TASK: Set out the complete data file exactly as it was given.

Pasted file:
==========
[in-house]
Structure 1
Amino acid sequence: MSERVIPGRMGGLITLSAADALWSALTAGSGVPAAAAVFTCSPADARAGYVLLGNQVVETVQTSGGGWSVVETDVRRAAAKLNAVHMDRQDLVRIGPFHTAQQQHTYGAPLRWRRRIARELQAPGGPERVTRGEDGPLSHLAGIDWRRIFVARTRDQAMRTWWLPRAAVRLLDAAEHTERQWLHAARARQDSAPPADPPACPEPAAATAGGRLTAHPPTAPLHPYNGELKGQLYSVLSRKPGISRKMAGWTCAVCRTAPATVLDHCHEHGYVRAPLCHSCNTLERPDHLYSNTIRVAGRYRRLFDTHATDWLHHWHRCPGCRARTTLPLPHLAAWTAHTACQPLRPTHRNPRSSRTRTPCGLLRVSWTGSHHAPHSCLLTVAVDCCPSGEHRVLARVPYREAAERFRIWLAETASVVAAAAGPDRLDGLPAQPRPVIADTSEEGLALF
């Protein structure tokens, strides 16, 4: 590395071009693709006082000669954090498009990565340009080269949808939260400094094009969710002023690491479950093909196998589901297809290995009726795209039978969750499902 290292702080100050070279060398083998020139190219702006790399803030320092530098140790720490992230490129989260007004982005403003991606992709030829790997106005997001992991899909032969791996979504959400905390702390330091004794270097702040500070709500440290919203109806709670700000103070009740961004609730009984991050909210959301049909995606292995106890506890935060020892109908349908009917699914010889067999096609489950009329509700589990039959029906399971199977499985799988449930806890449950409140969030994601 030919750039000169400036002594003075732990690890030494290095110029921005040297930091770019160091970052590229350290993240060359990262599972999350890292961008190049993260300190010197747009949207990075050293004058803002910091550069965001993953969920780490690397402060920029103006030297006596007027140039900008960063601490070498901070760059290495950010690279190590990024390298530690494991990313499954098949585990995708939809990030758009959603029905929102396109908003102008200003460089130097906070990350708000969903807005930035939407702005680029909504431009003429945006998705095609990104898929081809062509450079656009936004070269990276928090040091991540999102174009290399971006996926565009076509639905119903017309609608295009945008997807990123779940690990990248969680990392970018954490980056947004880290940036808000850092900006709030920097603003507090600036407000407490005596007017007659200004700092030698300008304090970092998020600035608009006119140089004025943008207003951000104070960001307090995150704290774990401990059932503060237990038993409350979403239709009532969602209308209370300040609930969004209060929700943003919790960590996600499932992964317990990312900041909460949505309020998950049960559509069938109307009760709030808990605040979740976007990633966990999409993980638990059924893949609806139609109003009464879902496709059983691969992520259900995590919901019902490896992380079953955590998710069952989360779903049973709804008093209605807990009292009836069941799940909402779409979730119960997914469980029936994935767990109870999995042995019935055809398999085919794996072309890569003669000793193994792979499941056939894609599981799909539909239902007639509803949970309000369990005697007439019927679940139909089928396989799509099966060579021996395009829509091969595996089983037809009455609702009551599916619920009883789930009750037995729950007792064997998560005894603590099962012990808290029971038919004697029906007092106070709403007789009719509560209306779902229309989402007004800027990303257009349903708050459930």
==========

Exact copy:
[in-house]
Structure 1
Amino acid sequence: MSERVIPGRMGGLITLSAADALWSALTAGSGVPAAAAVFTCSPADARAGYVLLGNQVVETVQTSGGGWSVVETDVRRAAAKLNAVHMDRQDLVRIGPFHTAQQQHTYGAPLRWRRRIARELQAPGGPERVTRGEDGPLSHLAGIDWRRIFVARTRDQAMRTWWLPRAAVRLLDAAEHTERQWLHAARARQDSAPPADPPACPEPAAATAGGRLTAHPPTAPLHPYNGELKGQLYSVLSRKPGISRKMAGWTCAVCRTAPATVLDHCHEHGYVRAPLCHSCNTLERPDHLYSNTIRVAGRYRRLFDTHATDWLHHWHRCPGCRARTTLPLPHLAAWTAHTACQPLRPTHRNPRSSRTRTPCGLLRVSWTGSHHAPHSCLLTVAVDCCPSGEHRVLARVPYREAAERFRIWLAETASVVAAAAGPDRLDGLPAQPRPVIADTSEEGLALF
């Protein structure tokens, strides 16, 4: 590395071009693709006082000669954090498009990565340009080269949808939260400094094009969710002023690491479950093909196998589901297809290995009726795209039978969750499902 290292702080100050070279060398083998020139190219702006790399803030320092530098140790720490992230490129989260007004982005403003991606992709030829790997106005997001992991899909032969791996979504959400905390702390330091004794270097702040500070709500440290919203109806709670700000103070009740961004609730009984991050909210959301049909995606292995106890506890935060020892109908349908009917699914010889067999096609489950009329509700589990039959029906399971199977499985799988449930806890449950409140969030994601 030919750039000169400036002594003075732990690890030494290095110029921005040297930091770019160091970052590229350290993240060359990262599972999350890292961008190049993260300190010197747009949207990075050293004058803002910091550069965001993953969920780490690397402060920029103006030297006596007027140039900008960063601490070498901070760059290495950010690279190590990024390298530690494991990313499954098949585990995708939809990030758009959603029905929102396109908003102008200003460089130097906070990350708000969903807005930035939407702005680029909504431009003429945006998705095609990104898929081809062509450079656009936004070269990276928090040091991540999102174009290399971006996926565009076509639905119903017309609608295009945008997807990123779940690990990248969680990392970018954490980056947004880290940036808000850092900006709030920097603003507090600036407000407490005596007017007659200004700092030698300008304090970092998020600035608009006119140089004025943008207003951000104070960001307090995150704290774990401990059932503060237990038993409350979403239709009532969602209308209370300040609930969004209060929700943003919790960590996600499932992964317990990312900041909460949505309020998950049960559509069938109307009760709030808990605040979740976007990633966990999409993980638990059924893949609806139609109003009464879902496709059983691969992520259900995590919901019902490896992380079953955590998710069952989360779903049973709804008093209605807990009292009836069941799940909402779409979730119960997914469980029936994935767990109870999995042995019935055809398999085919794996072309890569003669000793193994792979499941056939894609599981799909539909239902007639509803949970309000369990005697007439019927679940139909089928396989799509099966060579021996395009829509091969595996089983037809009455609702009551599916619920009883789930009750037995729950007792064997998560005894603590099962012990808290029971038919004697029906007092106070709403007789009719509560209306779902229309989402007004800027990303257009349903708050459930």